N* (200c potency) was given.  Six weeks after a single dose of the remedy,  “Merlin” was less obsessed with mares, less irritable and more interested in his training. He had been to 2 shows without showing any aggression. He was also moving better: the lameness in the left rear limb was almost gone. He was still improving, so we waited.   Eight weeks after the remedy, he was doing better than ever: having progressed to the next level in dressage. The behavioral problems were resolved. Because there had been requests for breeding, he was bred twice the following week with no recurrence of problems.  As of January 2009, he is doing well and has not needed another remedy.  Though remedy N was curative, my assessment is that he will need another remedy at some point.  

Comment: Increasingly, I see that our health care practices play a significant role in the development of disease in horses.   Un-natural feeding and stabling, along with over-vaccination combine to put horses out of balance.  In this case, over-breeding (made possible by artificial collection methods) led to the behavior change.  As part of the case management, I advised natural breeding.   ​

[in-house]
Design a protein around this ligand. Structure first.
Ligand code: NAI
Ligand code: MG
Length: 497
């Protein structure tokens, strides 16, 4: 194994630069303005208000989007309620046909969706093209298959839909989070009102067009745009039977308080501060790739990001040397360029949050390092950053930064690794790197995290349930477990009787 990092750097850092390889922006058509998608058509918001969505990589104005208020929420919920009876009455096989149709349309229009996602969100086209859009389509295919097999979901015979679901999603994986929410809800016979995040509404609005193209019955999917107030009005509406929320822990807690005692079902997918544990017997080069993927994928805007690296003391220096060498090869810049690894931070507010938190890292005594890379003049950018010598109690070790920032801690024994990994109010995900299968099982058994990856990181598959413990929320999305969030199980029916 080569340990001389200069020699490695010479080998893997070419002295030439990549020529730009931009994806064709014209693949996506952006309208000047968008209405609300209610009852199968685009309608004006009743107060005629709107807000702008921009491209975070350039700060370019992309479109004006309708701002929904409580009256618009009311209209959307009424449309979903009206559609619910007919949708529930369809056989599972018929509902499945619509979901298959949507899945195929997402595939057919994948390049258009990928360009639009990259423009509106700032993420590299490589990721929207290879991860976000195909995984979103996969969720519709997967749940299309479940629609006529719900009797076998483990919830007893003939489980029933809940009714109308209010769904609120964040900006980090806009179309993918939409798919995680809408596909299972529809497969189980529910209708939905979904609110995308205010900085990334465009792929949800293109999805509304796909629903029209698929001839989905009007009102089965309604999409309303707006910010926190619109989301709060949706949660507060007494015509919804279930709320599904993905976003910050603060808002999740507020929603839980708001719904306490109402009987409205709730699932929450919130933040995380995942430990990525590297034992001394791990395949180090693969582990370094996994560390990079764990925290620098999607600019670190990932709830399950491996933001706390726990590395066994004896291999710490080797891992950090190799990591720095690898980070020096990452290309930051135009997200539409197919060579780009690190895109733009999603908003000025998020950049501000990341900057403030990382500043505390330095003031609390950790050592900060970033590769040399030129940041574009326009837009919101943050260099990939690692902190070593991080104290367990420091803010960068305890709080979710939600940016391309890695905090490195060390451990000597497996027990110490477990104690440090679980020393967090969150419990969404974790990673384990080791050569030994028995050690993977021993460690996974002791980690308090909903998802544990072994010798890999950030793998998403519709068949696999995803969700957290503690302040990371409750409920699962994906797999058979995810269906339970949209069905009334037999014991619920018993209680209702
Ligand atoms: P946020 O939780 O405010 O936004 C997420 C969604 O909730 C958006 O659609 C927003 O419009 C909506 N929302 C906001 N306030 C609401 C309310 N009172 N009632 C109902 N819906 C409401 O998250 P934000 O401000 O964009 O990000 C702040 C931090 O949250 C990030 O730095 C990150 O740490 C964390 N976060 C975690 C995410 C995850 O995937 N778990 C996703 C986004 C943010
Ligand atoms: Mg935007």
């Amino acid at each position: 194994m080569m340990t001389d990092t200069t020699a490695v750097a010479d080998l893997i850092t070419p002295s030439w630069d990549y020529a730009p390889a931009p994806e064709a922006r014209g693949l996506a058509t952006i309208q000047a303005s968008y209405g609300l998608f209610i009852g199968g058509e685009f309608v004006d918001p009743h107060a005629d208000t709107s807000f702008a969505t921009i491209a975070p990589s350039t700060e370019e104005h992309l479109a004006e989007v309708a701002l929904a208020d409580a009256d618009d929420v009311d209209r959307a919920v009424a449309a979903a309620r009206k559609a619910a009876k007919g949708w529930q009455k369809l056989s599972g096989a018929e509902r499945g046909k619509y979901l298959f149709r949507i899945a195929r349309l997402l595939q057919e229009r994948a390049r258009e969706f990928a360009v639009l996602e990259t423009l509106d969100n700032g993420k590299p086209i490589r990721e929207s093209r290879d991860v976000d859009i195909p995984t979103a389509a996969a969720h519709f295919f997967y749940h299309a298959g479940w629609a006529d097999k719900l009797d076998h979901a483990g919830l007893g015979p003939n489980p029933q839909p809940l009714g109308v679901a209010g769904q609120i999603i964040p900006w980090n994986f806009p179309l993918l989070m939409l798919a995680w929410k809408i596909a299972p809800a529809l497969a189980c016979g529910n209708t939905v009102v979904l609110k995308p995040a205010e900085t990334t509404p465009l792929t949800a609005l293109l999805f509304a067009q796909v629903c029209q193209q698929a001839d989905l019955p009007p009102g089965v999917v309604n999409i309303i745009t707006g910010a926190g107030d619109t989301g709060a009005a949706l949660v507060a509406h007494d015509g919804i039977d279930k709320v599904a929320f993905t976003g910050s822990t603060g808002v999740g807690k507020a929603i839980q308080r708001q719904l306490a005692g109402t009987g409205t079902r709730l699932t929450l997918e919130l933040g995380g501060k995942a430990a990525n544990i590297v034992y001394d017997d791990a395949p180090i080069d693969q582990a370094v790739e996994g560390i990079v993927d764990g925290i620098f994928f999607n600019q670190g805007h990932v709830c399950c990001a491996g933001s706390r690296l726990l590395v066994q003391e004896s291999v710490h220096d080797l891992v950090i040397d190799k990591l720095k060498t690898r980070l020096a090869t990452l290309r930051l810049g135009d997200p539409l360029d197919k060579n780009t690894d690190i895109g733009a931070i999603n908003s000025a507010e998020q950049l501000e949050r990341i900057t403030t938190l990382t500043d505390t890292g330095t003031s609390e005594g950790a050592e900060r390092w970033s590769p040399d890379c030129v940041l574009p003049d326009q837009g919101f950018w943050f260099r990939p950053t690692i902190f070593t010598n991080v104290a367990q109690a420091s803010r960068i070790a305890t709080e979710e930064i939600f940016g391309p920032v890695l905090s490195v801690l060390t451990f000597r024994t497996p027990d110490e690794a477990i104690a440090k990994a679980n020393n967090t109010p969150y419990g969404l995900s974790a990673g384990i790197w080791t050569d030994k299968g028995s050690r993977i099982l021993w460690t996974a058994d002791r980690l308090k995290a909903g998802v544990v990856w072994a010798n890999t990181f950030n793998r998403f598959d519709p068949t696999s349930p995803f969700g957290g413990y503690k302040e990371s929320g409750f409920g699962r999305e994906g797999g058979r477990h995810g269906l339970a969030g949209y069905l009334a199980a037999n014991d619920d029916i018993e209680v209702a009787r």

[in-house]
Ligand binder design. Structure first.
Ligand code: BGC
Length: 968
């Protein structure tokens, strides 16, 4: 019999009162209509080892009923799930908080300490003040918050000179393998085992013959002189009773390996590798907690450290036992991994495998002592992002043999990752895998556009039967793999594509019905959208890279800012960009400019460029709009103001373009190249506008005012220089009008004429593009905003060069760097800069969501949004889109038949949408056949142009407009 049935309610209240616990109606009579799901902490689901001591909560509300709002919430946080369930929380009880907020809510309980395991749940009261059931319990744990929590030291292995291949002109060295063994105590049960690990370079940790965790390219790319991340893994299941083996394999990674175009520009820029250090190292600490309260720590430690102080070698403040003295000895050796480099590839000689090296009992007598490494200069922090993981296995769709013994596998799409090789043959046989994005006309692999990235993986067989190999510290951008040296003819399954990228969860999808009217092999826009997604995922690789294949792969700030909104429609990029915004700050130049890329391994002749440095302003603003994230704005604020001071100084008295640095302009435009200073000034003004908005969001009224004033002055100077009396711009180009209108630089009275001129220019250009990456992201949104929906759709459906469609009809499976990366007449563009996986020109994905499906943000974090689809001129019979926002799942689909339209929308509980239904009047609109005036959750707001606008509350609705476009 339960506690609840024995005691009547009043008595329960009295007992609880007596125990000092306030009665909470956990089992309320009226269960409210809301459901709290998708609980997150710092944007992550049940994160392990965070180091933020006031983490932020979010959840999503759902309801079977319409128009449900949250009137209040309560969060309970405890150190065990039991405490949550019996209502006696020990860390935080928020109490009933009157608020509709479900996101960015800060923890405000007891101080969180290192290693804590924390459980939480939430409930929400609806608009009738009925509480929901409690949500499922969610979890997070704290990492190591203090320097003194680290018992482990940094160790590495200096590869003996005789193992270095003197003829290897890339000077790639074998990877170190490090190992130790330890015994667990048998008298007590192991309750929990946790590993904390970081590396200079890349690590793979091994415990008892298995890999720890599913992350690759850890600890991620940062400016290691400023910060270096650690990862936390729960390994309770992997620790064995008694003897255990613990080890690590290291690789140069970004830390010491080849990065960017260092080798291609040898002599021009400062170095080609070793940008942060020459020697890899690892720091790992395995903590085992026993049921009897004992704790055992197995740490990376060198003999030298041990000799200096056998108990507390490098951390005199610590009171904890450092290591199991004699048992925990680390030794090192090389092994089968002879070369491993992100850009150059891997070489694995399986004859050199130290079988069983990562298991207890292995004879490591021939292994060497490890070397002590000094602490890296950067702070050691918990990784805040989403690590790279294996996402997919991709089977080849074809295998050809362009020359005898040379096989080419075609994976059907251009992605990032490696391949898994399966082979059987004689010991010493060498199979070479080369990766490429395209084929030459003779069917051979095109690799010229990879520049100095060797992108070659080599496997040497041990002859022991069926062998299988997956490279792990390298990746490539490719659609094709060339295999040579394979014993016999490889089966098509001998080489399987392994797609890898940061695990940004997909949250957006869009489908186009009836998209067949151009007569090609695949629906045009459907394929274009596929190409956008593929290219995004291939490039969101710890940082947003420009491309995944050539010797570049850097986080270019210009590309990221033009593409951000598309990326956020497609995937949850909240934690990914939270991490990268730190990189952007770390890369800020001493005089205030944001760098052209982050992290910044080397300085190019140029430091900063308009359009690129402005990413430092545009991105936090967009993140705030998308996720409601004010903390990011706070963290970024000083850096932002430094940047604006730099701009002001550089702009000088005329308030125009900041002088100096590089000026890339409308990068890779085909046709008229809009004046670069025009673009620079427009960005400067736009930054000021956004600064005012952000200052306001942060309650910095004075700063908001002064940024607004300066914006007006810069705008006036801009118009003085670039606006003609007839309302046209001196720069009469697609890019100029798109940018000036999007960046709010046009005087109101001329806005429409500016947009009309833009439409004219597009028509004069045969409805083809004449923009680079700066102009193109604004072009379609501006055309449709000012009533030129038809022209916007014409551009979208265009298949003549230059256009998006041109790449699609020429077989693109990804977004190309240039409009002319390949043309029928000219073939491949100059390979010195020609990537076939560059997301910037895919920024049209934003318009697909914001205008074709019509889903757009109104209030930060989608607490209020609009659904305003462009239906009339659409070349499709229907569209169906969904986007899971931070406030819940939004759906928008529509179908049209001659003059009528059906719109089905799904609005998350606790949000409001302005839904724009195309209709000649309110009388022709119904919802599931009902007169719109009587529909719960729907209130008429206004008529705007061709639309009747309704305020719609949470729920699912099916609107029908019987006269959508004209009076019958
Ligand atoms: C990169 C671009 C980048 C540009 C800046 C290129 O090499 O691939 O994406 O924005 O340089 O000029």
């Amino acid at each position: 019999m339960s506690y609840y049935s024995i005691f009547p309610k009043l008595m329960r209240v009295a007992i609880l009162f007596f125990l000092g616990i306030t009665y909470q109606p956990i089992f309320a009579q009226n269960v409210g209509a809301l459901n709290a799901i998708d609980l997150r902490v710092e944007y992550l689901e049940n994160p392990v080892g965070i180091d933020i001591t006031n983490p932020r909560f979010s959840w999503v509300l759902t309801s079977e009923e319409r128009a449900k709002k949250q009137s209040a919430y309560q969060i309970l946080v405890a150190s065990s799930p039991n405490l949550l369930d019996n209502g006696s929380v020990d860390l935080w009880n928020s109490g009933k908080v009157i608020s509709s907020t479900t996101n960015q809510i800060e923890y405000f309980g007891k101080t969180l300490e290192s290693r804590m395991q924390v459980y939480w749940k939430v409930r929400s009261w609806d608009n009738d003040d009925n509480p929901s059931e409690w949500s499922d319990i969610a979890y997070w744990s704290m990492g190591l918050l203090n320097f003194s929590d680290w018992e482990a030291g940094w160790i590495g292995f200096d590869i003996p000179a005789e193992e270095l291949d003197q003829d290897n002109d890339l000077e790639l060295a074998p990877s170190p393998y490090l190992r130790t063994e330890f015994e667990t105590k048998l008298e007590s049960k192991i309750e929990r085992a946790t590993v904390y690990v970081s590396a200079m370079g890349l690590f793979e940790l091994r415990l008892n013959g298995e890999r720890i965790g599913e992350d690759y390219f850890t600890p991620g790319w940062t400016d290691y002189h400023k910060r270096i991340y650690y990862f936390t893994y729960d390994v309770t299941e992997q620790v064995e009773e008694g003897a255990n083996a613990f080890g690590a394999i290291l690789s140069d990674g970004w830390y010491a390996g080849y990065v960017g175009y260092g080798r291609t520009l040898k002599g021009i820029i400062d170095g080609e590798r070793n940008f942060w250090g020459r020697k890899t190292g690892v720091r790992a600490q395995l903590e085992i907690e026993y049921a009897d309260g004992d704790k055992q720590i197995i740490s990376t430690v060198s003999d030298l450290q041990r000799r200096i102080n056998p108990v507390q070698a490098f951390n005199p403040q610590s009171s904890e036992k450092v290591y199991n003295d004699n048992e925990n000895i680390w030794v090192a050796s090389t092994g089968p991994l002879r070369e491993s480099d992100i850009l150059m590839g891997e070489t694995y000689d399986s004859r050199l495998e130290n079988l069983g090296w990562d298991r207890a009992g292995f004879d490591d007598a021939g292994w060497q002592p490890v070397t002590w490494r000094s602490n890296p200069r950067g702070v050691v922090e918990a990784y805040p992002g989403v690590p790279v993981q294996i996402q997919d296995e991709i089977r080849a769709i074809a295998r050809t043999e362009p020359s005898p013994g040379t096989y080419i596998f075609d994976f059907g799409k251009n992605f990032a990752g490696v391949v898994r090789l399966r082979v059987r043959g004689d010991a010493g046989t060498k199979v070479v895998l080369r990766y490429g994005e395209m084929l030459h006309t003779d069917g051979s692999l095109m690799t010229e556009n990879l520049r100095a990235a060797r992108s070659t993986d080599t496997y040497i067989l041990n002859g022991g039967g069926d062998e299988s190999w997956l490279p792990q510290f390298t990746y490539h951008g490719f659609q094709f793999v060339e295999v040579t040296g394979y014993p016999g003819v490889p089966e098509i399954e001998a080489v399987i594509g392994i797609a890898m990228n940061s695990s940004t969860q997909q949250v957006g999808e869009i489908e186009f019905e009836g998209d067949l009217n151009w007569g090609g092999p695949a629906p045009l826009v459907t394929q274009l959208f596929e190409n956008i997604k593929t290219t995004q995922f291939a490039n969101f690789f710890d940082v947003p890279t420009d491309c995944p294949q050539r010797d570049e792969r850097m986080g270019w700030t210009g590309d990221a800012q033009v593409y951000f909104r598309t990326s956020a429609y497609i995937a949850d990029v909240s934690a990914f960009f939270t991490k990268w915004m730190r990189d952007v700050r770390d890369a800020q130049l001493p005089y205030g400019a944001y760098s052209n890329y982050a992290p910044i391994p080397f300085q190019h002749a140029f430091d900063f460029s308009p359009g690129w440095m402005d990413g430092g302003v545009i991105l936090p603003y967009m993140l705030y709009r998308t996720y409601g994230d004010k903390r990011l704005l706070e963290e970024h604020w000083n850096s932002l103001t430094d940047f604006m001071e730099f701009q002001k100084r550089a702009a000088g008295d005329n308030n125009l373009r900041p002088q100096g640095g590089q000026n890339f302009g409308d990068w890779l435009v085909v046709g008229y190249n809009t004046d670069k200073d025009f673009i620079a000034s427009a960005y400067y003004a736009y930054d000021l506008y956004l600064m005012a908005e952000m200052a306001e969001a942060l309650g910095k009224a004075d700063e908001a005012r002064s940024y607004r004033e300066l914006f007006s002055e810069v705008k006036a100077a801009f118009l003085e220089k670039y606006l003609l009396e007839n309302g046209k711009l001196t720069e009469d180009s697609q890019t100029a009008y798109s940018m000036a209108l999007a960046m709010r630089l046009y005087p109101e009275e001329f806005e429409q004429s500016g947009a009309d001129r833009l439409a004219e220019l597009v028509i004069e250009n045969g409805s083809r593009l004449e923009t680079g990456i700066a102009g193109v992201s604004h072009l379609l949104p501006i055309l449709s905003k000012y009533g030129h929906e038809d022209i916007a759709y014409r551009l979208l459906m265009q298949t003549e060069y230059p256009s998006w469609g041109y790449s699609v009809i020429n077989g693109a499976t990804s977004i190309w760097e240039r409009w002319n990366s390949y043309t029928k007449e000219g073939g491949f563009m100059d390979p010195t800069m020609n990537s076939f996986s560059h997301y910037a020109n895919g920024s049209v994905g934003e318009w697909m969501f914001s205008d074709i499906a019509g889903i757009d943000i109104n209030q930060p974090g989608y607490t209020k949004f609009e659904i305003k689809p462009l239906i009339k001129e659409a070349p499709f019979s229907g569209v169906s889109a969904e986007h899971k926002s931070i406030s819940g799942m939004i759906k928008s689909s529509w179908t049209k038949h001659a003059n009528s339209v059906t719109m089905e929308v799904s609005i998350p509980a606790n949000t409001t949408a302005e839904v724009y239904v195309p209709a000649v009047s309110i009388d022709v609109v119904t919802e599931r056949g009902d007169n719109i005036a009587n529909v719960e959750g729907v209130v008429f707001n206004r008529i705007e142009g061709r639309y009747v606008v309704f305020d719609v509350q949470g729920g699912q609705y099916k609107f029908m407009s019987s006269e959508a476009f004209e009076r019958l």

* These case reports serve to demonstrate the homeopathic process and principles; thus, the remedy name has been omitted.


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Lipizzaner with an attitude


“Merlin”, a Lipizzaner stallion, is a dressage horse and a breeding stallion.  His guardian called me in April 2007 because of a behavioral problem that began in December 2004. He had become obsessed with mares such that he could no longer be shown or bred. There was also lameness in the left rear limb due to subluxation of the sacro-iliac joint.  

History revealed that in December 2004 he was collected (semen collection) twice daily for 17 days.   Prior to this period, Merlin was well behaved and was doing well in dressage.   Afterwards, he was so focused on mares and so distracted that he was unsafe. He had also become overly aggressive with other stallions. The behavior worsened after he was last bred in the spring of 2006.  Chiropractic adjustments and “energy” work helped only temporarily, so his guardian had decided to retire him from breeding and from dressage competition.   

Based on an assessment that the behavior change resulted from excessive and un-natural breeding, remedy